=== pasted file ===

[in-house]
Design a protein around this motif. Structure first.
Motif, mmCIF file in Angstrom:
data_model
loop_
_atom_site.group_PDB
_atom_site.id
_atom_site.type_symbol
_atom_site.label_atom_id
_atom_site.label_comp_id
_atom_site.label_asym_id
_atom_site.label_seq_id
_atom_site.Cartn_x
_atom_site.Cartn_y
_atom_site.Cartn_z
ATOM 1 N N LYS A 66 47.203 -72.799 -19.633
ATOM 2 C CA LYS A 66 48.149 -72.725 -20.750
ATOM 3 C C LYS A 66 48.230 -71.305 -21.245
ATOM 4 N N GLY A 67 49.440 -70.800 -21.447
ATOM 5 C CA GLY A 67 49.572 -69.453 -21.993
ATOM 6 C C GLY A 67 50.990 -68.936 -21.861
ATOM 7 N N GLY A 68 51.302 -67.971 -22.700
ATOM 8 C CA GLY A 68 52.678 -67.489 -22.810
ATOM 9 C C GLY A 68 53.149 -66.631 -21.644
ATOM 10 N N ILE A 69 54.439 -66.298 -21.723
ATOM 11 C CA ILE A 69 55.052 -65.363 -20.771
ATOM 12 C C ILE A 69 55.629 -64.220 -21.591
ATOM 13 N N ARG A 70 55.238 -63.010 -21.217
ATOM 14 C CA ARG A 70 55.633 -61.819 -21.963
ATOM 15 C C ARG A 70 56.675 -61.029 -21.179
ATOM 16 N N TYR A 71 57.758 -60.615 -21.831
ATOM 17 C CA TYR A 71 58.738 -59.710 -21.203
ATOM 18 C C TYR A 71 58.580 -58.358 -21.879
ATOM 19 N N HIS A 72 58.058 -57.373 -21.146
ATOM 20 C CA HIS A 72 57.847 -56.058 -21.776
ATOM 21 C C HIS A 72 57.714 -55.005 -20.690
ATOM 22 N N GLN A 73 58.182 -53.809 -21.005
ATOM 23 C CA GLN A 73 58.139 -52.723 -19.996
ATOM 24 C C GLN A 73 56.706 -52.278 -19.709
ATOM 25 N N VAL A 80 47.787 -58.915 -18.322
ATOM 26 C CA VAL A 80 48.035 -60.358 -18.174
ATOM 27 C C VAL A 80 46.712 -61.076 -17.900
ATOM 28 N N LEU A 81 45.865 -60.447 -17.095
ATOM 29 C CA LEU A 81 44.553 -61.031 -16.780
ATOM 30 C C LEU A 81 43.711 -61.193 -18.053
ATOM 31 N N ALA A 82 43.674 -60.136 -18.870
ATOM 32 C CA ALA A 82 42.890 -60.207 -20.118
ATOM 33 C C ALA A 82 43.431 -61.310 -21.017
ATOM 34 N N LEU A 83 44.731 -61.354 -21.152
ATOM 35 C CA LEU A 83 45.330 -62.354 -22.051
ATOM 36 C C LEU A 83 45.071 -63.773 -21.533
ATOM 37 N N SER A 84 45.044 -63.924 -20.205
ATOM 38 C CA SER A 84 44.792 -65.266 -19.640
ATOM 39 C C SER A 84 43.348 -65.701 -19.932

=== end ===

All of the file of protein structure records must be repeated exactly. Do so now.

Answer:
[in-house]
Design a protein around this motif. Structure first.
Motif, mmCIF file in Angstrom:
data_model
loop_
_atom_site.group_PDB
_atom_site.id
_atom_site.type_symbol
_atom_site.label_atom_id
_atom_site.label_comp_id
_atom_site.label_asym_id
_atom_site.label_seq_id
_atom_site.Cartn_x
_atom_site.Cartn_y
_atom_site.Cartn_z
ATOM 1 N N LYS A 66 47.203 -72.799 -19.633
ATOM 2 C CA LYS A 66 48.149 -72.725 -20.750
ATOM 3 C C LYS A 66 48.230 -71.305 -21.245
ATOM 4 N N GLY A 67 49.440 -70.800 -21.447
ATOM 5 C CA GLY A 67 49.572 -69.453 -21.993
ATOM 6 C C GLY A 67 50.990 -68.936 -21.861
ATOM 7 N N GLY A 68 51.302 -67.971 -22.700
ATOM 8 C CA GLY A 68 52.678 -67.489 -22.810
ATOM 9 C C GLY A 68 53.149 -66.631 -21.644
ATOM 10 N N ILE A 69 54.439 -66.298 -21.723
ATOM 11 C CA ILE A 69 55.052 -65.363 -20.771
ATOM 12 C C ILE A 69 55.629 -64.220 -21.591
ATOM 13 N N ARG A 70 55.238 -63.010 -21.217
ATOM 14 C CA ARG A 70 55.633 -61.819 -21.963
ATOM 15 C C ARG A 70 56.675 -61.029 -21.179
ATOM 16 N N TYR A 71 57.758 -60.615 -21.831
ATOM 17 C CA TYR A 71 58.738 -59.710 -21.203
ATOM 18 C C TYR A 71 58.580 -58.358 -21.879
ATOM 19 N N HIS A 72 58.058 -57.373 -21.146
ATOM 20 C CA HIS A 72 57.847 -56.058 -21.776
ATOM 21 C C HIS A 72 57.714 -55.005 -20.690
ATOM 22 N N GLN A 73 58.182 -53.809 -21.005
ATOM 23 C CA GLN A 73 58.139 -52.723 -19.996
ATOM 24 C C GLN A 73 56.706 -52.278 -19.709
ATOM 25 N N VAL A 80 47.787 -58.915 -18.322
ATOM 26 C CA VAL A 80 48.035 -60.358 -18.174
ATOM 27 C C VAL A 80 46.712 -61.076 -17.900
ATOM 28 N N LEU A 81 45.865 -60.447 -17.095
ATOM 29 C CA LEU A 81 44.553 -61.031 -16.780
ATOM 30 C C LEU A 81 43.711 -61.193 -18.053
ATOM 31 N N ALA A 82 43.674 -60.136 -18.870
ATOM 32 C CA ALA A 82 42.890 -60.207 -20.118
ATOM 33 C C ALA A 82 43.431 -61.310 -21.017
ATOM 34 N N LEU A 83 44.731 -61.354 -21.152
ATOM 35 C CA LEU A 83 45.330 -62.354 -22.051
ATOM 36 C C LEU A 83 45.071 -63.773 -21.533
ATOM 37 N N SER A 84 45.044 -63.924 -20.205
ATOM 38 C CA SER A 84 44.792 -65.266 -19.640
ATOM 39 C C SER A 84 43.348 -65.701 -19.932